can bahá’ís vote? (and other non-partisan ponderings)

ridván election crowdIt’s election season in Canada. Last time a federal election came around I was too busy to write anything, although in previous years I took a few moments to lament over the excesses wrought by electioneering, and to highlight the Bahá’í principle of non-involvement in partisan politics. It should be clear to anyone who’s read into the principles of the Bahá’í Faith that Bahá’ís are forbidden to engage in partisan politics. But what does that mean for us, really? When election day rolls around, how are we supposed to vote in a non-partisan way? Is there such a thing? Is it just better to avoid voting entirely? Just what can we do, anyway?

First off, it’s pretty clear that Bahá’ís can and do participate in their country’s elections; that is, Bahá’ís can and do vote. In a recent letter, the Universal House of Justice noted that “Bahá’ís vote in civil elections, as long as they do not have to identify themselves with any party in order to do so.” Thankfully, in Canada, this is currently the case—I vote as a citizen of my country, not as a member or supporter of a party. An American Bahá’í asked ‘Abdu’l-Bahá to clarify whether the Bahá’í prohibition on partisan political activity extended to voting, and this was His reply:

“In the United States it is necessary that the citizens shall take part in elections. This is a necessary matter and no excuse from it is possible. My object in telling the believers that they should not interfere in the affairs of government is this: That they should not make any trouble and that they should not move against the opinion of the government, but obedience to the laws and the administration of the commonwealth is necessary. Now, as the government of America is a republican form of government, it is necessary that all the citizens shall take part in the elections of officers and take part in the affairs of the republic.”

So if we can and should participate in the election of our country’s officers, then how can we do so without involving ourselves in partisan politics? Below are a few ideas that might serve as an inspiration to all of us who struggle with this question.

  • Vote for people, not parties. Get to know the party platforms, yes, but also get to know the people who you’re called to elect. Learn about them, and determine who they are—not just what kind of promises they’re making, but also their character.
  • Apply Shoghi Effendi’s guidance regarding Bahá’í elections. Research your vote in a prayerful, spiritual atmosphere, as if it was a sacred duty. Vote only for those who possess the necessary characteristics of service—including “unquestioned loyalty”, “selfless devotion”, “a well-trained mind”, “recognized ability” and “mature experience” (Bahá’í Administration, p. 88).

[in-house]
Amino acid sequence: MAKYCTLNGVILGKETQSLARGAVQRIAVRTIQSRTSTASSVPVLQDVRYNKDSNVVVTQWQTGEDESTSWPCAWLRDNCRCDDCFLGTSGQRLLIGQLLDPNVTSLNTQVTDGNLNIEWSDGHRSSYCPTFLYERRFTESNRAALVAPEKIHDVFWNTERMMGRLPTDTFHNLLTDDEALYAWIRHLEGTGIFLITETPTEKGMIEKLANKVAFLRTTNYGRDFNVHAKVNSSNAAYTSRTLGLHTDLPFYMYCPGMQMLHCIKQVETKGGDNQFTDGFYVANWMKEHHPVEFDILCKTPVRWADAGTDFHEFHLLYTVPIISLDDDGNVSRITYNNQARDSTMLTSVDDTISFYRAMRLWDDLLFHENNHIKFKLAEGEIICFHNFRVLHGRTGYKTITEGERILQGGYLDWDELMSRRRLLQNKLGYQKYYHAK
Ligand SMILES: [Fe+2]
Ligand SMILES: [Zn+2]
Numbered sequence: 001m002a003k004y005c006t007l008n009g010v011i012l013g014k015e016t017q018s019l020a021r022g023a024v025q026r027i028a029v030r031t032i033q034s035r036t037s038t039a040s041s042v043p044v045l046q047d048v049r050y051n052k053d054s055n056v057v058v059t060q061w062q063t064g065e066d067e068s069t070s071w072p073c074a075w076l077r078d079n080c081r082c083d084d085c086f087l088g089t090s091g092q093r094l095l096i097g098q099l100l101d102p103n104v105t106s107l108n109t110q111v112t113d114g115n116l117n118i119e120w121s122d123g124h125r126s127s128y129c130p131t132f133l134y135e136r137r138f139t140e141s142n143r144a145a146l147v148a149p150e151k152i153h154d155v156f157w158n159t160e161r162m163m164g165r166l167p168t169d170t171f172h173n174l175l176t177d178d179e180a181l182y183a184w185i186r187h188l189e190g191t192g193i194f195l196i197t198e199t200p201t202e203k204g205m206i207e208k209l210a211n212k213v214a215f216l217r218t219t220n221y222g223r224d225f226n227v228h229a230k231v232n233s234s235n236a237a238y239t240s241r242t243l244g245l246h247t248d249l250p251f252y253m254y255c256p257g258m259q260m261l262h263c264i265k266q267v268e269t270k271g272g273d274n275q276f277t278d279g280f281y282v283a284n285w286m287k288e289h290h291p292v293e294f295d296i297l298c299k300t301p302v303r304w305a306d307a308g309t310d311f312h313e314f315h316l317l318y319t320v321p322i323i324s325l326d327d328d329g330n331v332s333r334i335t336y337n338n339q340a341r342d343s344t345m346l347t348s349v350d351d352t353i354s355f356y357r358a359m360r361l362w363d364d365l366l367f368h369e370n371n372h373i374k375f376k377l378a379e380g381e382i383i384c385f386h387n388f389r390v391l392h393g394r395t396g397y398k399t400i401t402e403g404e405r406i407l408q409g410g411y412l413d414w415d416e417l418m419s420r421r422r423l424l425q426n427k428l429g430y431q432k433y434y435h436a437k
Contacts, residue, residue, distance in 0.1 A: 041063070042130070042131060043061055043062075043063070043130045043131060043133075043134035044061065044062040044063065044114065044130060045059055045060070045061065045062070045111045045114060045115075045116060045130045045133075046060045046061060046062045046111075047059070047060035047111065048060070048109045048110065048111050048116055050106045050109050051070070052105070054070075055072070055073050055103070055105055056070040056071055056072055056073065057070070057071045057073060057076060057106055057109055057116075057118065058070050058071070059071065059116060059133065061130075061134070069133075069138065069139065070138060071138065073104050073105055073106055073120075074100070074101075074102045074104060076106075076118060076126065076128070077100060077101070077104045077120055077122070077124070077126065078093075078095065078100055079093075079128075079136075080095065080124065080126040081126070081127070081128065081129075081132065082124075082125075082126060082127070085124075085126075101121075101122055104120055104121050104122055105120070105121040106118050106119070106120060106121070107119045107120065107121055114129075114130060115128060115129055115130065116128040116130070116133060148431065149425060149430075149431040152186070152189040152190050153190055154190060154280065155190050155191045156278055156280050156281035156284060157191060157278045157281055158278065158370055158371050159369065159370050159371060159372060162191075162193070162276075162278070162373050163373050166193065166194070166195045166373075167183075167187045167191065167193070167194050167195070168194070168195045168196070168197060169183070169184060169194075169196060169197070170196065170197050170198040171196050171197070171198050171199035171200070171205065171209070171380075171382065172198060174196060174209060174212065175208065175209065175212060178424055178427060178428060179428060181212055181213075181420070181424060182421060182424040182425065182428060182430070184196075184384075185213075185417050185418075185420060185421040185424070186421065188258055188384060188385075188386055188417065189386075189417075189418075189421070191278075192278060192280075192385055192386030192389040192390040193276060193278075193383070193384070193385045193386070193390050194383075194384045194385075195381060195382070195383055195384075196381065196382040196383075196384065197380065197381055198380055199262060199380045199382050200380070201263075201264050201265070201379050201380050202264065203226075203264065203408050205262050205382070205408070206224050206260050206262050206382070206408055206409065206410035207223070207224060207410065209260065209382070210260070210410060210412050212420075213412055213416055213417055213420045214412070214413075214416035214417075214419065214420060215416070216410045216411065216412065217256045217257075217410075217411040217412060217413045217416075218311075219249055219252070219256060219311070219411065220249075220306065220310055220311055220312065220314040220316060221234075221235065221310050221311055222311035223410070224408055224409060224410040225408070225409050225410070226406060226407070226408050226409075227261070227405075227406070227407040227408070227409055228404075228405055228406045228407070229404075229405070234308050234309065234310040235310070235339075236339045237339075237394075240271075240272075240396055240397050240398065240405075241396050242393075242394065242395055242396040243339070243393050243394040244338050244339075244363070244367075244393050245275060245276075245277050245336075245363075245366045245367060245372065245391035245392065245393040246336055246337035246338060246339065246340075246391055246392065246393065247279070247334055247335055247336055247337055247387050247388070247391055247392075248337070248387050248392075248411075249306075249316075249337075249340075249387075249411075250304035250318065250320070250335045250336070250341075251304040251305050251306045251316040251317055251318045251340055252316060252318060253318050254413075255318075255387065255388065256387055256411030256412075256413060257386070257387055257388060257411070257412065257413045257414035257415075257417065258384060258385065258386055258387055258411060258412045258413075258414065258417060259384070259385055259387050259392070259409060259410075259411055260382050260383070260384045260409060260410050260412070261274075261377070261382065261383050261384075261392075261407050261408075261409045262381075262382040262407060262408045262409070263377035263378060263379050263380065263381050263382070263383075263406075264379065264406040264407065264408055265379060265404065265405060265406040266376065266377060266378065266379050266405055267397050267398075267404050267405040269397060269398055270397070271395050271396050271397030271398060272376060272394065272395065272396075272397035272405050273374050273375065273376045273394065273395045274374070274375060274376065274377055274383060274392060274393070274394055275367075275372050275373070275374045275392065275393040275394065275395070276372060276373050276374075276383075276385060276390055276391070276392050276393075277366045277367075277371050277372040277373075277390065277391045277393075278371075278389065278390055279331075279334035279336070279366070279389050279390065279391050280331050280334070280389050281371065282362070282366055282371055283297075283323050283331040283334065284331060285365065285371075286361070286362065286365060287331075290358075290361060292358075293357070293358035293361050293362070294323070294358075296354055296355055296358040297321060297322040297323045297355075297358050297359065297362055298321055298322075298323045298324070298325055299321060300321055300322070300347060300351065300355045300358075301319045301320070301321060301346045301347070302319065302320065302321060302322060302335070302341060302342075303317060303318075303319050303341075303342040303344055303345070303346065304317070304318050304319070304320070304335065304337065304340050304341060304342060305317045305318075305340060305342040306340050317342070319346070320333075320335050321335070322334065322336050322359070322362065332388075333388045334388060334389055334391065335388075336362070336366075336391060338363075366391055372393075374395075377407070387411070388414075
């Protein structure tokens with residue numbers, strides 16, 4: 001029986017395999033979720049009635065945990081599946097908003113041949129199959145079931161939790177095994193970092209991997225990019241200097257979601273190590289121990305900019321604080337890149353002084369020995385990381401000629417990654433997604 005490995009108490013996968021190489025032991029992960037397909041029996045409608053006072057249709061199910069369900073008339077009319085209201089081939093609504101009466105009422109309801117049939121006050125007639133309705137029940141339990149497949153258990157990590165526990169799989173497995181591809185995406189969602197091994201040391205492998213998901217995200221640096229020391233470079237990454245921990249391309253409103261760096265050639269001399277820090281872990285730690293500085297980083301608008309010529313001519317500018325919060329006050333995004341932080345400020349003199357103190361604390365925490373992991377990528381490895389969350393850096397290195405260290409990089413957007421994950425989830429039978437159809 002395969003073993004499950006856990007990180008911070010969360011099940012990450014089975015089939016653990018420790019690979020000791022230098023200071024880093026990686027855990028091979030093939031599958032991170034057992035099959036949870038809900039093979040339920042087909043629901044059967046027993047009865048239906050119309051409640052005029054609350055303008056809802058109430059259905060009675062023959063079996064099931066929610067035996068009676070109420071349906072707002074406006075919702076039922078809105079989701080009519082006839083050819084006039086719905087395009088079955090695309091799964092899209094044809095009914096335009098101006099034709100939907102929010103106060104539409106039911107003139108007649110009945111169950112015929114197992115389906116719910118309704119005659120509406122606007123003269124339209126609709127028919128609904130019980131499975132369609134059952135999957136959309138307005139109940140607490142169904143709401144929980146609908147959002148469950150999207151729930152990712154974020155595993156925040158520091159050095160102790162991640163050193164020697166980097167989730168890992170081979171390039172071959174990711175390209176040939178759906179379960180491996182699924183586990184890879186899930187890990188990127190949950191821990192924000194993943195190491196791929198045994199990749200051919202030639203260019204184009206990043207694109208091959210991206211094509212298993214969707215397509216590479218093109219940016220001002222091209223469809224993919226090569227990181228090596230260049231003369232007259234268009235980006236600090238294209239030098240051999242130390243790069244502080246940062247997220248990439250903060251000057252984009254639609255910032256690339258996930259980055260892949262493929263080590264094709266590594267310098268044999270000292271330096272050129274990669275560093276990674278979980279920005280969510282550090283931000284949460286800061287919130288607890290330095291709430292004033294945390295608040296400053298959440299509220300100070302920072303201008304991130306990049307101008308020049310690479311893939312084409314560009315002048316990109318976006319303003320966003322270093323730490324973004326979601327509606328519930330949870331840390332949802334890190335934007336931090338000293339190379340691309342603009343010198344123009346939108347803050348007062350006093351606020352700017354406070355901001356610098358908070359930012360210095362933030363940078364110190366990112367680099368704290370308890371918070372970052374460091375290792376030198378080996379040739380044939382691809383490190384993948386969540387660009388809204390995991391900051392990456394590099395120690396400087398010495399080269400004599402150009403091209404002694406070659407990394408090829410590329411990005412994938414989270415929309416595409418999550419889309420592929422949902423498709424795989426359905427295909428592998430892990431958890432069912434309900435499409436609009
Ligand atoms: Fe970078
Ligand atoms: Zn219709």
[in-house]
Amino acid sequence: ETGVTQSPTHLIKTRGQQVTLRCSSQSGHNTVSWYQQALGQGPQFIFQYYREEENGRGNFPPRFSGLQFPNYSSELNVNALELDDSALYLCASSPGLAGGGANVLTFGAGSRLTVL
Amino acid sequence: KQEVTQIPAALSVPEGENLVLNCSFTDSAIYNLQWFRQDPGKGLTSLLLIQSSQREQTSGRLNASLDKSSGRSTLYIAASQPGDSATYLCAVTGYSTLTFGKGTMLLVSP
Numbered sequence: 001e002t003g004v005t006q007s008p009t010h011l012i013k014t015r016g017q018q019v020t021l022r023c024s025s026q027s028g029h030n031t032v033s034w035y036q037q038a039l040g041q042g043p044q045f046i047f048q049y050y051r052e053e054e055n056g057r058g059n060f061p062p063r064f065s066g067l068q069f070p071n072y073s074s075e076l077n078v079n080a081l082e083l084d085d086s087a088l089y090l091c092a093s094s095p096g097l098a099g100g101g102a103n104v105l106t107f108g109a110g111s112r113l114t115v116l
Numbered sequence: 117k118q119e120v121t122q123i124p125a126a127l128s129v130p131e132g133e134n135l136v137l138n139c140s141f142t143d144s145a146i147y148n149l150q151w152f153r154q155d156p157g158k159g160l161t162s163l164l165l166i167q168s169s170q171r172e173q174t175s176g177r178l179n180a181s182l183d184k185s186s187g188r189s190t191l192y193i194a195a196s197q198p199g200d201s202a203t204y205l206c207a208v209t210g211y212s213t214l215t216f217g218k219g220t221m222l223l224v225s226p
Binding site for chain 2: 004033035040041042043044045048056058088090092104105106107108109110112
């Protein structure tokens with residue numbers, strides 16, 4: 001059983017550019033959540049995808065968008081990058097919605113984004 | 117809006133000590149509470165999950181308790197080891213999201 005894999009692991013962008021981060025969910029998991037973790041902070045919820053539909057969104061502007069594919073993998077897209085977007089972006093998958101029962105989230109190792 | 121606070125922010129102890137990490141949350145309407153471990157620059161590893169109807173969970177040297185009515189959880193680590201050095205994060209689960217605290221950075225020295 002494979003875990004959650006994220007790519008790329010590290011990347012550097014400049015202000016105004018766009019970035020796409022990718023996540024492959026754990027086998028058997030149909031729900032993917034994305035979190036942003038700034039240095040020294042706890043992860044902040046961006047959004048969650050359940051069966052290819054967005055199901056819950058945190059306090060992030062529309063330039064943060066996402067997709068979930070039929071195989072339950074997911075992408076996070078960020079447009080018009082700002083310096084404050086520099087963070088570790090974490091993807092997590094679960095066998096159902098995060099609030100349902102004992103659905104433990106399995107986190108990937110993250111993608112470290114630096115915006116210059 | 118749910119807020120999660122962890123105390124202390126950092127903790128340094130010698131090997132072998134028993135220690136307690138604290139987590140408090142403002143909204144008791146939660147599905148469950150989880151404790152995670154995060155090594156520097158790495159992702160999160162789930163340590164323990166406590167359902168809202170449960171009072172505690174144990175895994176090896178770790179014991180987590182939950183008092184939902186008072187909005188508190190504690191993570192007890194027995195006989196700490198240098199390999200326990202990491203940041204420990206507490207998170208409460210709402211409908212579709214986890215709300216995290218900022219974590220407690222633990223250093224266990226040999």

• Keep your ballot a secret. Keep your voting choices (and non-choices) strictly confidential, and avoid speaking for or against any party or candidate. If people come canvassing at your door asking for your support, tell them that the content of your vote is a private matter—and wish them well.
  • Pray for, and show respect towards those who choose to pursue political aspirations. This could be a hard one, since it seems to be common to show disrespect towards politicians for their misbehaviour. But many people enter the arena of politics out of a sincere desire to serve their country, and as long as they continue to show that same sincerity and to serve to the best of their ability, they should be able to count on the respect and the well-wishes of the people. We should remember ‘Abdu’l-Bahá’s exhortation: “Except to speak well of them, make thou no mention of the earth’s kings, and the worldly governments thereof.” (Selections From the Writings of ‘Abdu’l-Bahá, p. 92-93)
  • Refrain from arguing over partisan matters. The goal of Bahá’u’lláh’s Revelation is the realization of the unity and oneness of humankind. Engaging in arguments about which party or candidate is better or worse can only cause disunity and division. The Universal House of Justice said it so well: “Let them rise above all particularism and partisanship, above the vain disputes, the petty calculations, transient passions that agitate the face, and engage the intention, of a challenging world.” (Lights of Guidance, p. 448)
  • Engage in public discourse on issues of general concern to society, drawing from Bahá’í principles. Far from being disengaged, Bahá’ís are encouraged to engage themselves in constructive discourse on issues that are of concern to society. While we should clearly avoid basing our arguments on partisan viewpoints and so-called “talking points”, we can draw directly from Bahá’u’lláh’s Revelation, an ocean of insight that contains within it the solution to so many of the world’s ills. I find the statements of the Bahá’í International Community on various topics are especially helpful to study in this regard.

Interested in reading more about the Bahá’í attitude on politics, and why exactly we don’t become involved in partisan political activity? Author and blogger Susan Gammage has put together a wonderful compilation on Bahá’í involvement in politics that you should definitely read through. Edify your soul (and then don’t forget to vote).

Leave a Reply

Your email address will not be published. Required fields are marked *